The views expressed in this post are my own and are in no way endorsed by or affiliated with National Geographic.
In over ten years of teaching and thousands of hours of professional development, my journey to become a National Geographic Certified Educator was one of the most creative professional development experiences I have ever had.
National Geographic is undoubtedly one of the most respected and intelligent companies in the world. As a young girl, I would spend hours digging through National Geographic magazines stored in my grandparents’ corner curio cabinet. I can distinctly recall the cover of the July 1992 issue featuring a baby mountain lion cub being held by her mother (Vol. 182, No.1). My imagination would churn out potential scenarios of the days ahead when I’d become a world-traveling zoologist, saving mountain lions and other big cats from poachers and environmental encroachment. I even wrote a 64-page story (every page had an illustration), broken into three different “chronicles” and “sagas” as I called them- entitled “Aspen the Zoologist.”
Ultimately, I did not become a zoologist. I became an English teacher instead, which makes sense when you look at my 3rd-grade-year-old self’s dedication to writing such a lengthy treatise. Although I am now solely a zoologist at heart, this does not diminish the impact that National Geographic has had on my career. It has empowered me to bring that same creative explorer mindset to my classroom that I discovered as a young girl. My journey through the certification process helped me realize that I am still, many years later, that very same curious explorer and storyteller flipping through those magazines. The explorer mindset is the very foundation of my creative capacity and empowerment as an educational leader.
My experience was professionally life-changing. So, here are 5 reasons why YOU too should become a National Geographic Certified Educator:
1.Multi-disciplinary. Not a geography or science teacher? No worries! The National Geographic Learning Framework transcends all disciplines. In fact, it is designed to be interdisciplinary in nature. The learning framework and infrastructure is open enough that it can be used with any discipline centered on inquiry and change-agency.
2. Creativity & the Art of Storytelling. The capstone project requires that the candidate shares the story of the certification journey and the impact the journey had on the students. This process develops an educator’s storytelling skills. Prior to the National Geographic Certified Educator course, I had never taught digital storytelling. Not only did I teach this important form of media literacy to my students; I also learned so much about how to tell a story through digital means such as Adobe Spark. We made a tremendous impact locally by collecting stories of a local natural disaster, the 1977 Johnstown Flood, and preserving narratives of the human journey in original digital stories.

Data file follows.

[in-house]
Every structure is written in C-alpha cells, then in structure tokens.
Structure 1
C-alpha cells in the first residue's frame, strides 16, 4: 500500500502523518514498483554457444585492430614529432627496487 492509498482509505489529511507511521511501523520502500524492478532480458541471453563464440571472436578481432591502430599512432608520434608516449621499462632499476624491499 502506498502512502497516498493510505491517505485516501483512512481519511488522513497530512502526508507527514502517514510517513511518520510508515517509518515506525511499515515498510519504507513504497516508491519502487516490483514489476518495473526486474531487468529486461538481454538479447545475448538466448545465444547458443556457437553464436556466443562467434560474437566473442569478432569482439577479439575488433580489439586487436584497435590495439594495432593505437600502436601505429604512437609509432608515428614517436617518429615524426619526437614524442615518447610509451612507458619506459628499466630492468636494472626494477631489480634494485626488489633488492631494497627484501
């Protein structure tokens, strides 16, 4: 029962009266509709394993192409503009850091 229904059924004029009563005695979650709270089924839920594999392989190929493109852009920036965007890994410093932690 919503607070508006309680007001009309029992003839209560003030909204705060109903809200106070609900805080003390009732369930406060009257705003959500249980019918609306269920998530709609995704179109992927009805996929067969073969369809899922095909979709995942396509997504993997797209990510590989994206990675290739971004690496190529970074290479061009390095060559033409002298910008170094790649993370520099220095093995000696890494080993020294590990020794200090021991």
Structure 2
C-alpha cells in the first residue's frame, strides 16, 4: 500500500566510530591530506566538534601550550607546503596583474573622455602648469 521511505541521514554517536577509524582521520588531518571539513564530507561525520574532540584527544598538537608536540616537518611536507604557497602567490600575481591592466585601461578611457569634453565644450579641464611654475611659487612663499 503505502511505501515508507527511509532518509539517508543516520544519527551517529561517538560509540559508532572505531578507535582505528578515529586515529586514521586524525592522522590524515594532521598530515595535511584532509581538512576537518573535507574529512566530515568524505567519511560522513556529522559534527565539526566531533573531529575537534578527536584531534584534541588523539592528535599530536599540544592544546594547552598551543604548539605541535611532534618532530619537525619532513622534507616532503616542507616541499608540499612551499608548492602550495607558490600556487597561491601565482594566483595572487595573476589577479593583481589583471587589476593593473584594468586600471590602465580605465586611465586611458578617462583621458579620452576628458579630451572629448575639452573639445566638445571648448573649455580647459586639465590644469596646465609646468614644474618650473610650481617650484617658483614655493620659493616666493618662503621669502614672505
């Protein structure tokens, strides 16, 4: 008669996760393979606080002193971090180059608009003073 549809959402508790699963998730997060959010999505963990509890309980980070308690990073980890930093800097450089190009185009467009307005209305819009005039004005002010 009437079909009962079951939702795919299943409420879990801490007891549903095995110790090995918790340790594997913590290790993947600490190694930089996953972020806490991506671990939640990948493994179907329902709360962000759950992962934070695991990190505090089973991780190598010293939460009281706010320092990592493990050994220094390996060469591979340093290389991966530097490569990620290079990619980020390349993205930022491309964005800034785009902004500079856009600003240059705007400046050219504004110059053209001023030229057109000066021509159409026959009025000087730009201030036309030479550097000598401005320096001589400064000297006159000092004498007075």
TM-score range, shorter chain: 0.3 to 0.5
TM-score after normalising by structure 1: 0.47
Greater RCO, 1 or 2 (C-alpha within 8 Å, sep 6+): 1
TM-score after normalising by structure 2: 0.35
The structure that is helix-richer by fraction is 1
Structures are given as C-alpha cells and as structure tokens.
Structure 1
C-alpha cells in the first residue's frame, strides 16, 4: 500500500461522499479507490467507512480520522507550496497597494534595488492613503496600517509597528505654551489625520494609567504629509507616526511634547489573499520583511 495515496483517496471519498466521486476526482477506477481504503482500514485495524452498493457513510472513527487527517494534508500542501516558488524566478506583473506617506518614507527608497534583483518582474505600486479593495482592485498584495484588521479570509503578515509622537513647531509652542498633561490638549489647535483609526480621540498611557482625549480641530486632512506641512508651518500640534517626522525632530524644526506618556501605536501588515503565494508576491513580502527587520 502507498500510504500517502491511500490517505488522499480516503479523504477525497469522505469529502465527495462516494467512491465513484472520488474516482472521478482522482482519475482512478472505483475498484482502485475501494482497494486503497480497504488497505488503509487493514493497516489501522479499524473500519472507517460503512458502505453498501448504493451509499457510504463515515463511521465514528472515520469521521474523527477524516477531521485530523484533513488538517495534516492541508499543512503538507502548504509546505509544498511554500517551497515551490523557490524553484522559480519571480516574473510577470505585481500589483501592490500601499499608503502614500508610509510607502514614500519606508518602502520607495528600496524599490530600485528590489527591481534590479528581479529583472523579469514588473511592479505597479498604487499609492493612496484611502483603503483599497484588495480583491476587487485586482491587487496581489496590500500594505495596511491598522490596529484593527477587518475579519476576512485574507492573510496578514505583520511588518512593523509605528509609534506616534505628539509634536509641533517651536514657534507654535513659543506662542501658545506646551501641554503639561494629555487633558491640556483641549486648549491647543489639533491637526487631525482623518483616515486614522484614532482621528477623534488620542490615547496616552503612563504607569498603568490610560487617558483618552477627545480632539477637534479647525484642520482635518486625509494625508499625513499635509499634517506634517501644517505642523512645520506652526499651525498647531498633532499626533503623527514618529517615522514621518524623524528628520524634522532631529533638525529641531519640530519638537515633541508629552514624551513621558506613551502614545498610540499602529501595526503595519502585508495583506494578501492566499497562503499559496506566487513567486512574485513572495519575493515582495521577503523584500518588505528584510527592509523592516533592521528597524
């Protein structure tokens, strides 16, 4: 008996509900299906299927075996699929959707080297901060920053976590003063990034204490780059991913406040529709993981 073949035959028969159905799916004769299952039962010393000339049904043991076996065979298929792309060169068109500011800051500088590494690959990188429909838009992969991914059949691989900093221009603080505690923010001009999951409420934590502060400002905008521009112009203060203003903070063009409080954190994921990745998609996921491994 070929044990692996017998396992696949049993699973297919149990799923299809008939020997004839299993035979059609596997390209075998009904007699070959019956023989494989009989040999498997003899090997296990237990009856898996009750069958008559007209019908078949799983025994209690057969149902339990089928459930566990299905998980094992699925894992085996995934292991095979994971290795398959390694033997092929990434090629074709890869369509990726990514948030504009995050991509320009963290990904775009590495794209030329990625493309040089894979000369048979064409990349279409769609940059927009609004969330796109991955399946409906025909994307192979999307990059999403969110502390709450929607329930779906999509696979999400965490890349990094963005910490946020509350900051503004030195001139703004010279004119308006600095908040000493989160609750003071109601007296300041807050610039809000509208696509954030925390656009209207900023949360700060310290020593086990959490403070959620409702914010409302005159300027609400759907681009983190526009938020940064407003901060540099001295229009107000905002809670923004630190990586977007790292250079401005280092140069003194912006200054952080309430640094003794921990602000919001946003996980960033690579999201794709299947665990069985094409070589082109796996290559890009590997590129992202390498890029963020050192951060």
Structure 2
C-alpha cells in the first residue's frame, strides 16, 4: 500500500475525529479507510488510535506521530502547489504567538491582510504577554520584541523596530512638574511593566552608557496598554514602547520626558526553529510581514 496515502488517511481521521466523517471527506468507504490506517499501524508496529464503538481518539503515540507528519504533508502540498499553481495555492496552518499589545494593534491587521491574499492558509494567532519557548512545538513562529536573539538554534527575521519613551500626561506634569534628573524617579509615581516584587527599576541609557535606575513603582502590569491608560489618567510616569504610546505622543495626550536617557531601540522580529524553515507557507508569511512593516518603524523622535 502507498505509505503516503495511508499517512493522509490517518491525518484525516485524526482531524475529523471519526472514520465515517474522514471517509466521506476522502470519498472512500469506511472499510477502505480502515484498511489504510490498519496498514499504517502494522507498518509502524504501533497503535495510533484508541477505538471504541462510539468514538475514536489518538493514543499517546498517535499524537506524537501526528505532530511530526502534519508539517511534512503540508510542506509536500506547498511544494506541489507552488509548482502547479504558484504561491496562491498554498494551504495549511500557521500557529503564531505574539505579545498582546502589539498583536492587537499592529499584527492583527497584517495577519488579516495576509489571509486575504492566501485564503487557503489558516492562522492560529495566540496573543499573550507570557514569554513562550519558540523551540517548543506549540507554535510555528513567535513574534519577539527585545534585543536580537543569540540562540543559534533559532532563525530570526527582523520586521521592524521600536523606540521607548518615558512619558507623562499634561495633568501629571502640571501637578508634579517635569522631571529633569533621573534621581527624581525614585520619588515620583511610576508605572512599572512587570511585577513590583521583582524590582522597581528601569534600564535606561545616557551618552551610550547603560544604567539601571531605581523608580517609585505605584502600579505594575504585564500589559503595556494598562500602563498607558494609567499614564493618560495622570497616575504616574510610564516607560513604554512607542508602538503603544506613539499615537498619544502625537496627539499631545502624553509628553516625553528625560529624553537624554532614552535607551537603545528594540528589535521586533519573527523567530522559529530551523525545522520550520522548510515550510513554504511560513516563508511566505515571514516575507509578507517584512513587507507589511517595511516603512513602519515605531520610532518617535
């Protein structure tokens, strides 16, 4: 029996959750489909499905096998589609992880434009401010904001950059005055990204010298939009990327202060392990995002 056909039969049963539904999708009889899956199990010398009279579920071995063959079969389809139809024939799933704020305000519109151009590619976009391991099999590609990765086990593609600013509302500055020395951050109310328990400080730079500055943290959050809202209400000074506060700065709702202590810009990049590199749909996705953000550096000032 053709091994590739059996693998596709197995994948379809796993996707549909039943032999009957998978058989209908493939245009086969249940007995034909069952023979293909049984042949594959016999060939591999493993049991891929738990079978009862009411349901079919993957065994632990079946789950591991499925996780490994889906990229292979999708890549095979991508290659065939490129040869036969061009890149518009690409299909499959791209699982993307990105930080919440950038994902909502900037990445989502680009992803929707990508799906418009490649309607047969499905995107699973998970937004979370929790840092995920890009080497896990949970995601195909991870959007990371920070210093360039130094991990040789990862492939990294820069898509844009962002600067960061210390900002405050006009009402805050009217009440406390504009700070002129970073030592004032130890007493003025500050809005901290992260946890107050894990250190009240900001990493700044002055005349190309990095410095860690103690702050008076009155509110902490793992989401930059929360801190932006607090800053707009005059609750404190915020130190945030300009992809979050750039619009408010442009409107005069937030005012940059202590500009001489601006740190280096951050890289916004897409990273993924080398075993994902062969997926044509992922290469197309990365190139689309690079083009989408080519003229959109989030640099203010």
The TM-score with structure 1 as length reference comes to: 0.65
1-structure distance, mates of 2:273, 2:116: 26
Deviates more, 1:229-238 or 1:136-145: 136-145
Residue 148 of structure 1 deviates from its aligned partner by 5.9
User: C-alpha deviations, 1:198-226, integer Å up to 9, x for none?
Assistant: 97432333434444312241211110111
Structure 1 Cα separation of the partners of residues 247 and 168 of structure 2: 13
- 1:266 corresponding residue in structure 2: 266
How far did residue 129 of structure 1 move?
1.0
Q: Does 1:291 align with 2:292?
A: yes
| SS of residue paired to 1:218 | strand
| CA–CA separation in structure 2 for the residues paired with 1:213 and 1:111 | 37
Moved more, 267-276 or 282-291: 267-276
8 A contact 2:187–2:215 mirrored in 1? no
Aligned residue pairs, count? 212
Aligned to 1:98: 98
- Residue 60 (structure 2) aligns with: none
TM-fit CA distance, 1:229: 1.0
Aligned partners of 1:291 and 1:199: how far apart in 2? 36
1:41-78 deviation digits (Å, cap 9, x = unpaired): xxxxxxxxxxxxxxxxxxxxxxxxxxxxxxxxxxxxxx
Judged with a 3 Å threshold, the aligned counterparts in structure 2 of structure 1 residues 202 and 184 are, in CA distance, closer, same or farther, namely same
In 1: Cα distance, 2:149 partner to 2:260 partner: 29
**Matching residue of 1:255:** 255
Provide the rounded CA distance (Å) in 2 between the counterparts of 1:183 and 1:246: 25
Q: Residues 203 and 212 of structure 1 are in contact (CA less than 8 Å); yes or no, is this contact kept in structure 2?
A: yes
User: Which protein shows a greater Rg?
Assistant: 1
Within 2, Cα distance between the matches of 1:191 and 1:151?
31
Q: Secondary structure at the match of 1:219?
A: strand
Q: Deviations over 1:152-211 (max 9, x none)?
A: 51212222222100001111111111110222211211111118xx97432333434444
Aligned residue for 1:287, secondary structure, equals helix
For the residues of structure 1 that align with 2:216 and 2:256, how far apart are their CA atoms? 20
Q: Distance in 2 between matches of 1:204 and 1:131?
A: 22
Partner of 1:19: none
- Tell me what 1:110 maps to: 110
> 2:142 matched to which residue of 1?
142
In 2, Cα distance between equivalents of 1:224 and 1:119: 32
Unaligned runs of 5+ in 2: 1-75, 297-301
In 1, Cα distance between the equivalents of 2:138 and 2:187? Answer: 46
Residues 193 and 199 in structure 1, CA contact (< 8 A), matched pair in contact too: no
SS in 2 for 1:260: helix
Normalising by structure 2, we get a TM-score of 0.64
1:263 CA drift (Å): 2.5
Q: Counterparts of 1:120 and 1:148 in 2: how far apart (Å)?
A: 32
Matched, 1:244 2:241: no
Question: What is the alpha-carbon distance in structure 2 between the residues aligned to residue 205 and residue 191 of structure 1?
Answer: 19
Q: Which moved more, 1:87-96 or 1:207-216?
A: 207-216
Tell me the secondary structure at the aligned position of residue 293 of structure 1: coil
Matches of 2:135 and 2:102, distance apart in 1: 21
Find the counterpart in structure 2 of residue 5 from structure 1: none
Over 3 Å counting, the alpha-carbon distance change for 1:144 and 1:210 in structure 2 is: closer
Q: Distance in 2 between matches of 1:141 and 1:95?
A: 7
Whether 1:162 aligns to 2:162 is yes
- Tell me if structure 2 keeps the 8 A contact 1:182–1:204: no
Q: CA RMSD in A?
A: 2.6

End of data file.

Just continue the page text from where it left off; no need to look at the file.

Check out my capstone video here:
3. Authenticity & Purpose. What the students learn, and the projects themselves can be applied to better the human journey and our natural world. With my capstone project, the students collected qualitative data and created digital stories for an authentic audience. Their stories are now a digital exhibit for the Johnstown Flood Museum.
4. Student-centered inquiry and deep-thinking.It promotes inquiry and deep-thinking for our students. They were able to visit various scales and perspectives from the National Geographic Learning Framework as they research and presented their projects. The local newspaper covered our project, and the story was picked up by the Associated Press. This chain of events showed the students how far the impact of their project had travelled, even into major city newspapers across the country such as Pittsburgh, Chicago and Seattle!
JAHA 1977 Johnstown Flood Digital Exhibit: https://www.jaha.org/about-jaha/archives-research/special-projects-forest-hills-videos-on-1977-flood/
5. An unparalleled professional learning community. As an educator, your professional learning community expands worldwide, and opportunities are abound. Resources are at your fingertips, and the discussion forum provides collegiality with other educators and is a treasure trove of instructional resources. Since I’ve become a NatGeo certified educator, I have been a volunteer judge for their Geochallenge program and I’ve been selected to attend The National Geographic Institute this summer in Jackson, Wyoming. My classrooms have also recently participated in the NatGeo Explorer Classroom Challenge: The Human Journey.
All of this has happened along my journey, and I’ve only been certified since December 2018! If you’re looking for an empowered, creative classroom, this certification is certainly for you!